And the result was wasted advertising dollars — albeit on what appeared to be visitors who had a legitimate interest in buying or leasing a wheelchair van.
Our next goal had become clear. We needed to design an entirely new landing page, one that was free of distraction, featuring only the minimum amount of information someone would need to convert. This would allow these already-qualified visitors to take the action that A&J originally intended.
In other words, we needed less to be more.
When we had our first meeting with A&J to pitch the new landing page concept, it was imperative that we educate them on how a page with far less information would give a visitor a far better chance of becoming a prospect for a new wheelchair van.
We explained that the concept was to limit the number of choices available to each visitor. In short, visitors would have two options: Engage A&J by calling the office or filling out a contact form to request a callback — or they would leave the page.
This approach may have sounded a tad harsh, but we assured them it was the only way to get the get the most out every click from the new Google Ads campaigns. Otherwise, we would continue to waste money on people who would wander the site looking at van options but little else to truly move the needle.
The layout of the new landing page was constructed by strategists and developers at Digital Strike with all of the nuts and bolts required to clarify to visitors what A&J wanted them to accomplish and then easily allow them to do so.
Once the new landing page layout was published and implemented, its effects were evident almost immediately.
August 1 was the first day using the new landing page. By the end of the month, the conversion rate of the Google Ads campaigns conversions (calls and form fills) at an average cost of just over $77, nearly three times less than what A&J had spent per conversion the month prior.
This would not to be an isolated incident.
Over the next four months, A&J received an average of 34 conversions per month. This included a total of 20 in December, notoriously one of the company’s slowest months of the year.
To assign equal weight to the periods before and after the landing page change, we extrapolated data from June and July to create a five-month sample size and found that the new landing page still vastly outperformed the previous version.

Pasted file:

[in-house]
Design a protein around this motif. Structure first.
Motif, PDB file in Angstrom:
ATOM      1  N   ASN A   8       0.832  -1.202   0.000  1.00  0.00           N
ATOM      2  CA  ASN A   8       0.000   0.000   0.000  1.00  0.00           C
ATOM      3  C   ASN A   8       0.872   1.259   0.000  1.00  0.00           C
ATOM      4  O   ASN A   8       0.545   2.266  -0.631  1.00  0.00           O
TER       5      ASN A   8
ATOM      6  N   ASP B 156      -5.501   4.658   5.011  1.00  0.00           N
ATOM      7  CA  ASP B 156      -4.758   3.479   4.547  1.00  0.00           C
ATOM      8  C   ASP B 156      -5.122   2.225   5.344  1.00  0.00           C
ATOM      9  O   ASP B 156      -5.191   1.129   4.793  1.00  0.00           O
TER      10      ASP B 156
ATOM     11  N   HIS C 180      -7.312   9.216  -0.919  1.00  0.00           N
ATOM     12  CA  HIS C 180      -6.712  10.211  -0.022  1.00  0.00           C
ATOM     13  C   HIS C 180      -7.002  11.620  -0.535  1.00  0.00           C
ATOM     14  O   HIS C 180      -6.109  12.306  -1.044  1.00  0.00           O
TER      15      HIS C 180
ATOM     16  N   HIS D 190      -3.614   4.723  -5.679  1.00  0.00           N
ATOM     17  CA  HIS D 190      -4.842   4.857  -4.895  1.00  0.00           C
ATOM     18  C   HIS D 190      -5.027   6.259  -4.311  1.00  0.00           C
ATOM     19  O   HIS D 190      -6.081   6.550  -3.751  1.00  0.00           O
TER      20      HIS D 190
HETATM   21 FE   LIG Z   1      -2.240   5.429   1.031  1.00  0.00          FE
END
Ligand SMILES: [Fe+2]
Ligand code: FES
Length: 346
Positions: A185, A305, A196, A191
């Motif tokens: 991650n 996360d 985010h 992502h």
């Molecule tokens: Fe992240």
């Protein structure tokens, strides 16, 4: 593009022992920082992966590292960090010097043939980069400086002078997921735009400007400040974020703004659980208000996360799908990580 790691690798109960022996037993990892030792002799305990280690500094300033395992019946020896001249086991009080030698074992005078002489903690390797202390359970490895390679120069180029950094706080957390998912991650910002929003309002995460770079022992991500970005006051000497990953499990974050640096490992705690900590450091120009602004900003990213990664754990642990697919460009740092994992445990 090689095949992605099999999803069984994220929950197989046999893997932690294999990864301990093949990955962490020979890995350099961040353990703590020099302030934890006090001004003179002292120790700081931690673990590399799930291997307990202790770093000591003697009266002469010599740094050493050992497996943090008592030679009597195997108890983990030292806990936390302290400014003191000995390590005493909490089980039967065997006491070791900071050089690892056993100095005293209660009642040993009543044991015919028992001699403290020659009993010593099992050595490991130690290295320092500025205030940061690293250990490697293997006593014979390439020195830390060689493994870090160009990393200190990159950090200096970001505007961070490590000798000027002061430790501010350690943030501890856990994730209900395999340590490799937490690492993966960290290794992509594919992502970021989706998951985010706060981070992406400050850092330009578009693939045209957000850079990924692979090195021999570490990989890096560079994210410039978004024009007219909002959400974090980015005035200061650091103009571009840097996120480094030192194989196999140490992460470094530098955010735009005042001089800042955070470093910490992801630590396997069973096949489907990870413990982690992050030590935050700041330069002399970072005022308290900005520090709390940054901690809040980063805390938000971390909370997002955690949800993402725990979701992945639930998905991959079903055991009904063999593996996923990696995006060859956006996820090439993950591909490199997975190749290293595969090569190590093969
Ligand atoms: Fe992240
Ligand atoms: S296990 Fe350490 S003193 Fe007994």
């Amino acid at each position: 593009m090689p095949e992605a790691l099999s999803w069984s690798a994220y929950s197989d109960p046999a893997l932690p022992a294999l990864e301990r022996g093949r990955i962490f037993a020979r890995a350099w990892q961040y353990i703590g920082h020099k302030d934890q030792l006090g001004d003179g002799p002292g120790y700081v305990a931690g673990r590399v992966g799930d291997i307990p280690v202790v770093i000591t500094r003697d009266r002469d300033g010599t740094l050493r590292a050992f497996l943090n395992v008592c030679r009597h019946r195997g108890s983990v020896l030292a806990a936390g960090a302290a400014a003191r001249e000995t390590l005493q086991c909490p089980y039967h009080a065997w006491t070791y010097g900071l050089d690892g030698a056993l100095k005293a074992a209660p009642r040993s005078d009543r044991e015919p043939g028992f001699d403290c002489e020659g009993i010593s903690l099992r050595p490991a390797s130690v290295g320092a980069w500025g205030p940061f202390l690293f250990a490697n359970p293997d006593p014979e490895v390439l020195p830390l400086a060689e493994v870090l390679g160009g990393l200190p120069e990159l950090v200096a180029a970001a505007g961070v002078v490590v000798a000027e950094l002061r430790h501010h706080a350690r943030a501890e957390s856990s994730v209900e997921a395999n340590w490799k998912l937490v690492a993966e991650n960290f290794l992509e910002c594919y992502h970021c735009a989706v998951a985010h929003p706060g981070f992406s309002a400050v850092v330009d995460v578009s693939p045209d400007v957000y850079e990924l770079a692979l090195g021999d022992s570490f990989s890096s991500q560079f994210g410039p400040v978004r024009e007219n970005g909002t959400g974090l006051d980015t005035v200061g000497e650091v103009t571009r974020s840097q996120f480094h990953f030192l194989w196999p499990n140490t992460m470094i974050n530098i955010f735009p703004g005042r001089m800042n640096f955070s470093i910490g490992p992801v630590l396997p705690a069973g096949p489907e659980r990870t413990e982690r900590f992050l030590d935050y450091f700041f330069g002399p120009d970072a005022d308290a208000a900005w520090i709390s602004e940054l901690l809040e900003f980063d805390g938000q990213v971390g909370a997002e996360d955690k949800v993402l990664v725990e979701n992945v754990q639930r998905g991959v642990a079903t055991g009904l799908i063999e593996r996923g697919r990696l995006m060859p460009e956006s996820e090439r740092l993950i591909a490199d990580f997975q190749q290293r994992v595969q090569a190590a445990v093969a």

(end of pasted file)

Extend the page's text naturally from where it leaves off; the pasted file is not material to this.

The benefits of the new landing page paint even a starker contrast when you dig a little deeper into the numbers:
The new landing page was doing its job and doing it very well. And A&J soon started to see a tangible benefit from the increased number of conversions.
Given a much clearer message and more direct instructions on what to accomplish, prospective buyers were now walking a defined path to the top of A&J’s sales funnel, where they could then be walked through the rest of the sales process, as controlled by the A&J team.
Finally, as impactful as these numbers would gradually become for A&J, we knew prior to building the new landing page that we also needed the capability to accurately track every conversion that took place, which is something that, unfortunately, could be incorporated into the old strategy.
Without proper attribution, we would not be able to get the full story behind each conversion, including knowing what campaign, ads, keywords, etc. were responsible for each new call or form fill.
Having this data would be invaluable in determining what optimization techniques we should apply to the campaigns to further enhance performance and improve the conversion rate to capture even more opportunities.
It also provided the dealership’s management and sales teams with a centralized lead dashboard, a place where any member of the organization could log in at any time to grade each lead based on quality, as well as reference critical data on each prospect, including name, city, phone number, email address, and vehicle preferences.
All of this data was also simultaneously integrated with the dealership’s existing CRM system, where it could be stored to be used down the line in accordance with internal follow-up processes.
The right keywords and sparkly ad copy won’t do a thing unless the landing pages you’re using don’t convert the traffic from paid ads.
And how effective your landing pages are at converting your site traffic will go a very long way in determining whether or not your visitors accomplish what you want them to accomplish.
Allow them this opportunity, and you could see your business grow over time, no matter the product or service.
Fail to do so, and what’ll find are advertising dollars wasted on visitors that arrive to and leave your site without doing much of anything to improve your bottom line.
It goes without saying that not every visitor to your site will do what you want them to do. This is a cold, hard fact for any business.
But even if you’re able to give a small percentage of your visitors the ability to commit a desired action through a solid landing page approach, you might be surprised at the type of snowball effect this could have — potentially right away.